Why is this happening? According to the regulatory filing, “This decision was based on cost-reduction initiatives intended to reduce operating expenses and sharpen the company’s focus on key growth priorities.” This makes sense as at the same time, the company warned investors to expect “a year-over-year decline in the low double digit percentage area” for the 4th quarter. In fact, WM Technology lost 80% of its value on NASDAQ this year.
Things were bad enough that this past November, old CEO Chris Beals, decided to leave out, and was replaced by co-founder, executive chair, and the former CEO, Doug Francis. This usually doesn’t happen in a company without a lot of issues. Beals not only exited the CEO position, but his seat on the board as well.
In a showing of how quickly things can about-face, the company had turned a $49.2 million profit last year, before it posted a $10.5 million loss in this year’s 3rd quarter. Also and interestingly, it had an increase in monthly paying customers from last year to this year by about 25%, but revenue per client fell 21%.
Where else is this happening?
What does it say when a company that was actually making it, turns and lets go of a huge percentage of its staff? That things might not be the smooth ride that they once were. Just as many states like Colorado are experiencing decreased dispensary sales, and less tax revenue, a company like Weedmaps also feels the burn. And its not the only one.
Another of the big and recent cannabis layoffs, was Curaleaf Holdings, which dropped about 220 employees right before the Thanksgiving holiday. Curaleaf ran into legal issues earlier when it was sued for selling tainted CBD products. Why the layoffs? According to an insider, they’re “a part of an effort to control costs and drive efficiencies in the face of economic uncertainties ahead.”
Similar layoffs were seen by Akerna, a cannabis compliance software company out of Denver. In May, that company laid off 59 employees which accounts for 1/3 of it workers, while also cutting operation costs by $440,000. Even executives are taking a 25% pay cut to help with cost-cutting. Much like a change in CEO, this never happens without problems. The company’s problem is that it lost $20.6 million in operating costs for the first quarter of 2022, ending the quarter with a working capital deficit of $15.1 million.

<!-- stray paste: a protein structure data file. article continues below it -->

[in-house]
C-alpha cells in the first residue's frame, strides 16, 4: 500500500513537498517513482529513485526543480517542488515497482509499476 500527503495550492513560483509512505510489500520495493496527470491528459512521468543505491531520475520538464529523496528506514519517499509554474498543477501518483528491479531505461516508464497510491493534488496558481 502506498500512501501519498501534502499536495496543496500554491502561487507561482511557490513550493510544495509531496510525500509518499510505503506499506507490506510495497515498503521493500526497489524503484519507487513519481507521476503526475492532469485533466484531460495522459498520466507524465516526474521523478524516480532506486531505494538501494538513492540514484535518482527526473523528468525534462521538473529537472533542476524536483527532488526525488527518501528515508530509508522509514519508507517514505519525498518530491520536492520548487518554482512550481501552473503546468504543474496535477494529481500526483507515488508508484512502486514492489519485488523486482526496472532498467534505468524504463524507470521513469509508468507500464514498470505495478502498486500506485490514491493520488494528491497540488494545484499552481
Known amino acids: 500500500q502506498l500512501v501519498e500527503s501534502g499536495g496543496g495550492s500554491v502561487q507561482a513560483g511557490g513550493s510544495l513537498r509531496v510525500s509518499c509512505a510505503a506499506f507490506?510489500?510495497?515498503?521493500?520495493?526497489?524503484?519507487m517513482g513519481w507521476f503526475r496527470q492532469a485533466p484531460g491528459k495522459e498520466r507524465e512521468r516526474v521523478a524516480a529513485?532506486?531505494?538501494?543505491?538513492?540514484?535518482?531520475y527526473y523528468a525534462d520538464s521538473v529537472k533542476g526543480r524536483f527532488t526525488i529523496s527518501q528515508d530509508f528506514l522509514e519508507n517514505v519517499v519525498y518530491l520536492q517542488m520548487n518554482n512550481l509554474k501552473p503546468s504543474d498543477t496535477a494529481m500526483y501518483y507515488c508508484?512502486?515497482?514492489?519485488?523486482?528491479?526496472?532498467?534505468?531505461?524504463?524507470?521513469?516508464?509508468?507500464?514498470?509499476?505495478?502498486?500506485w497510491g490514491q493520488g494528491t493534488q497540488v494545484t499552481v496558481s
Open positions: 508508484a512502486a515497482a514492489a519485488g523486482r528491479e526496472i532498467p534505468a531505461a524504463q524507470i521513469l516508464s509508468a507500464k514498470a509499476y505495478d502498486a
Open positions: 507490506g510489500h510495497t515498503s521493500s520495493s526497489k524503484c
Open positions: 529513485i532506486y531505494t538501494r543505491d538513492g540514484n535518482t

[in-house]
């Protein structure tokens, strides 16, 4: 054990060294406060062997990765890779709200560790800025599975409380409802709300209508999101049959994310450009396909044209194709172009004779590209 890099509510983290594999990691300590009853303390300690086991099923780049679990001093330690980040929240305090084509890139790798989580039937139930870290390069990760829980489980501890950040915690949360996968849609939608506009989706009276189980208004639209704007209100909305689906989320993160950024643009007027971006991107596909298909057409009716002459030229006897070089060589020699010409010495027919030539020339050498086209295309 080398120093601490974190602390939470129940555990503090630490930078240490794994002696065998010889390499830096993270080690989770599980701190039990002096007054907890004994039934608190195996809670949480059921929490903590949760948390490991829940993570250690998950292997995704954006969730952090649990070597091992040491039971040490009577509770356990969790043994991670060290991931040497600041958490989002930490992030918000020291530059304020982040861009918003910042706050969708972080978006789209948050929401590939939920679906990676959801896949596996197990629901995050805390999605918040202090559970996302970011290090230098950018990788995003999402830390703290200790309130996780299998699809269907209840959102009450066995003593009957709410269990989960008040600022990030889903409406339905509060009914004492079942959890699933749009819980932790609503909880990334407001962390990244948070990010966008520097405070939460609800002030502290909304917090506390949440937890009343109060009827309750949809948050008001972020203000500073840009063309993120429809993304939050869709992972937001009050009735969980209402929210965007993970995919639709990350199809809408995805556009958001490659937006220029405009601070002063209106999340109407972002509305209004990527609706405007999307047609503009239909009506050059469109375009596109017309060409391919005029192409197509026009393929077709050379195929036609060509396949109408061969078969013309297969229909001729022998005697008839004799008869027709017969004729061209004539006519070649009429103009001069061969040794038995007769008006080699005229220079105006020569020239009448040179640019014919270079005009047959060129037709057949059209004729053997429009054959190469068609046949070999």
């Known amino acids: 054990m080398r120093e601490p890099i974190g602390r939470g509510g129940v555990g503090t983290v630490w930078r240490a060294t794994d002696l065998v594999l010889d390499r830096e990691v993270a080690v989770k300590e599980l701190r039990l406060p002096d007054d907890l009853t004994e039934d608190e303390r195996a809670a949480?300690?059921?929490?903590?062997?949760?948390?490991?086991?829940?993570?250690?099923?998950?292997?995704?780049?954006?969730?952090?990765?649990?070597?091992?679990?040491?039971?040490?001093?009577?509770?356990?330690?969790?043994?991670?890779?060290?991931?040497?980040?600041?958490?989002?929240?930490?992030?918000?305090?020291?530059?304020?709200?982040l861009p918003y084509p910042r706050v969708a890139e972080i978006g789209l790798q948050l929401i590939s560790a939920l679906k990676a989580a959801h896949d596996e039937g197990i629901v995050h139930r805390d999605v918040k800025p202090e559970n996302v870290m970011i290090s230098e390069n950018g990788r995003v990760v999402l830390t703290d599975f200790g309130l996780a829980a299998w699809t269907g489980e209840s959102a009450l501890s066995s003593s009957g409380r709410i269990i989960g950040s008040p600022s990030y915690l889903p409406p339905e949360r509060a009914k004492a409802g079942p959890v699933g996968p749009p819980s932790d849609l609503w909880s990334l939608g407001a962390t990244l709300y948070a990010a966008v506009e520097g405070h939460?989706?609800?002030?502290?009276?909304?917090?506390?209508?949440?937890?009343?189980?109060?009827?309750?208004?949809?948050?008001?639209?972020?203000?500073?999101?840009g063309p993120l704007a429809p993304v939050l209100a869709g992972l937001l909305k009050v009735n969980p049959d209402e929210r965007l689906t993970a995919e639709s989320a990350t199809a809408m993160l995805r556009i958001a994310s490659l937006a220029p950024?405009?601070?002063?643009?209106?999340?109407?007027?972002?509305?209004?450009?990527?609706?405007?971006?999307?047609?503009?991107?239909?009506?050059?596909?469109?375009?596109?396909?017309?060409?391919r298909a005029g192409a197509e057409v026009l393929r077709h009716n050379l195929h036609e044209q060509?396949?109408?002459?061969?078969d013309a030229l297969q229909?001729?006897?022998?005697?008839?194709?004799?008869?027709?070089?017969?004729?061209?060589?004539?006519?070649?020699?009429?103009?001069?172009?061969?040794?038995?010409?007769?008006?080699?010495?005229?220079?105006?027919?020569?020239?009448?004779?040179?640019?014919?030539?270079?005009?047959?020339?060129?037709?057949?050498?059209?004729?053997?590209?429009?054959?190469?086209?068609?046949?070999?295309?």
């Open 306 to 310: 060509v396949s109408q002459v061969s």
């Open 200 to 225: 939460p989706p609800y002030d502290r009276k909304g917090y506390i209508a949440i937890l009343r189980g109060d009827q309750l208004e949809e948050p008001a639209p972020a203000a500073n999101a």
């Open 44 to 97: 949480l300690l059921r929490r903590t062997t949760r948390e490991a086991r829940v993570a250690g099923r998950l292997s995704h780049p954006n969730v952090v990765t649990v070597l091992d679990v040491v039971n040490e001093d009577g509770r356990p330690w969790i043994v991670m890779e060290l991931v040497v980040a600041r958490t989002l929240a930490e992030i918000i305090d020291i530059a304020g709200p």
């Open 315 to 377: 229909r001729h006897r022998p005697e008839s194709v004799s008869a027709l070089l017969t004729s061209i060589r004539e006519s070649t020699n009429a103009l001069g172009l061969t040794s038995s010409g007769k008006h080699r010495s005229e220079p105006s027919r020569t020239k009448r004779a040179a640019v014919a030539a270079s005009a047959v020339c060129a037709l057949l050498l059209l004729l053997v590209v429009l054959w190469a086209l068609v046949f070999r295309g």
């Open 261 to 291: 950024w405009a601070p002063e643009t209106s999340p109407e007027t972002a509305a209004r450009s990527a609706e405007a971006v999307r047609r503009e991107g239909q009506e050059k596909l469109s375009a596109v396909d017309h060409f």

Then there’s tech firm Dutchie, which works with around 5,000 marijuana stores in the U.S., providing e-commerce solutions including payment processing. The Oregon-based company announced cuts this past summer of approximately 8% of its workers, amounting to about 67 jobs lost. Dutchie made this decision not because of its own losses, but as a matter of watching current trends.
Want more cannabis layoffs? Yet another is the California company Eaze, which laid off around 25 employees. Michigan retailer Lume Cannabis closed four of its 30 stores, and Nature AZ Medicine out of Arizona cut as many as 100 employees since medical sales have fallen in general. Big name Aurora Cannabis out of Edmonton, Alberta, also said in June of this year that it would cut 12% of its workforce for corporate restructuring.
And what of Canopy Growth Corp.? The largest cannabis company in 2019 has taken it hard enough to not only sell all its retail locations, but to cut 245 employees (8% of its workforce); all in hopes of saving CA$150 million in the next 12-18 months. The company even closed its cultivation facility in Niagara-on-the-Lake, which it had acquired back in 2014.
No matter how you look at it, these moves don’t signal good things for the legal cannabis business world. In fact, cannabis industry layoffs, as well as the decreased sales revenue they come from, are a great indication that if this industry is to continue, it will have to adapt fast to its new environment.
Go back to Cannabis Problems Part 1: Colorado and Lower Sales for more information on the issues that plague today’s cannabis industry.